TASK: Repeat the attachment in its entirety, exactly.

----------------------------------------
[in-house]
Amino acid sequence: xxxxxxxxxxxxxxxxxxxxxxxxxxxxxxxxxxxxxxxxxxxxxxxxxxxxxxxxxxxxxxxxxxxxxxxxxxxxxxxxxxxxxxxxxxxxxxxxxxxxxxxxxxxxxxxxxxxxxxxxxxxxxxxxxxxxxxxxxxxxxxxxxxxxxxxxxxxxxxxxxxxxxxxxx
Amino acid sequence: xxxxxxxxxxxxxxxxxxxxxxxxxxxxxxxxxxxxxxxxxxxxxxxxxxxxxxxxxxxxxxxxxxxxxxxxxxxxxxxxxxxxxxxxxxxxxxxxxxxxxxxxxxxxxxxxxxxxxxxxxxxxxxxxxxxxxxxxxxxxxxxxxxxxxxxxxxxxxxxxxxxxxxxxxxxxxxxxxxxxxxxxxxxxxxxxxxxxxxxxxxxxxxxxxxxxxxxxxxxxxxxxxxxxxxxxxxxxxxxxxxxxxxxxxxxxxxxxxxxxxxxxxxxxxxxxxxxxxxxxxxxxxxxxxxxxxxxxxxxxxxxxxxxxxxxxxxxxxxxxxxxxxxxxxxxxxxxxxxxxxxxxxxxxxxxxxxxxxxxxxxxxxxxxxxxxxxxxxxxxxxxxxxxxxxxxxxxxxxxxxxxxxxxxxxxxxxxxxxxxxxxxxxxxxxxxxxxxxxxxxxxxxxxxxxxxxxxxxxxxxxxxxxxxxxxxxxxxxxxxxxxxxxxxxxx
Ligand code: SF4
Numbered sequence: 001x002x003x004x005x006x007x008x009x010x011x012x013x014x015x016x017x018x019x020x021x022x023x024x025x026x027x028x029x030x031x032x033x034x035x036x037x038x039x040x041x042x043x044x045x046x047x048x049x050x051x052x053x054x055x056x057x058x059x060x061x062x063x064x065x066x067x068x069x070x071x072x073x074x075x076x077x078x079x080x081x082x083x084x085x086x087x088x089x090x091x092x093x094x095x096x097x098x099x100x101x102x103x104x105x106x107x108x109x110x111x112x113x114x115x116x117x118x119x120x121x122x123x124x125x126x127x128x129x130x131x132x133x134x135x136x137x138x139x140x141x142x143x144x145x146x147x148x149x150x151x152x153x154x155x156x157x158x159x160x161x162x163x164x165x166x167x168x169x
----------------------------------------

[in-house]
Amino acid sequence: xxxxxxxxxxxxxxxxxxxxxxxxxxxxxxxxxxxxxxxxxxxxxxxxxxxxxxxxxxxxxxxxxxxxxxxxxxxxxxxxxxxxxxxxxxxxxxxxxxxxxxxxxxxxxxxxxxxxxxxxxxxxxxxxxxxxxxxxxxxxxxxxxxxxxxxxxxxxxxxxxxxxxxxxx
Amino acid sequence: xxxxxxxxxxxxxxxxxxxxxxxxxxxxxxxxxxxxxxxxxxxxxxxxxxxxxxxxxxxxxxxxxxxxxxxxxxxxxxxxxxxxxxxxxxxxxxxxxxxxxxxxxxxxxxxxxxxxxxxxxxxxxxxxxxxxxxxxxxxxxxxxxxxxxxxxxxxxxxxxxxxxxxxxxxxxxxxxxxxxxxxxxxxxxxxxxxxxxxxxxxxxxxxxxxxxxxxxxxxxxxxxxxxxxxxxxxxxxxxxxxxxxxxxxxxxxxxxxxxxxxxxxxxxxxxxxxxxxxxxxxxxxxxxxxxxxxxxxxxxxxxxxxxxxxxxxxxxxxxxxxxxxxxxxxxxxxxxxxxxxxxxxxxxxxxxxxxxxxxxxxxxxxxxxxxxxxxxxxxxxxxxxxxxxxxxxxxxxxxxxxxxxxxxxxxxxxxxxxxxxxxxxxxxxxxxxxxxxxxxxxxxxxxxxxxxxxxxxxxxxxxxxxxxxxxxxxxxxxxxxxxxxxxxxxx
Ligand code: SF4
Numbered sequence: 001x002x003x004x005x006x007x008x009x010x011x012x013x014x015x016x017x018x019x020x021x022x023x024x025x026x027x028x029x030x031x032x033x034x035x036x037x038x039x040x041x042x043x044x045x046x047x048x049x050x051x052x053x054x055x056x057x058x059x060x061x062x063x064x065x066x067x068x069x070x071x072x073x074x075x076x077x078x079x080x081x082x083x084x085x086x087x088x089x090x091x092x093x094x095x096x097x098x099x100x101x102x103x104x105x106x107x108x109x110x111x112x113x114x115x116x117x118x119x120x121x122x123x124x125x126x127x128x129x130x131x132x133x134x135x136x137x138x139x140x141x142x143x144x145x146x147x148x149x150x151x152x153x154x155x156x157x158x159x160x161x162x163x164x165x166x167x168x169x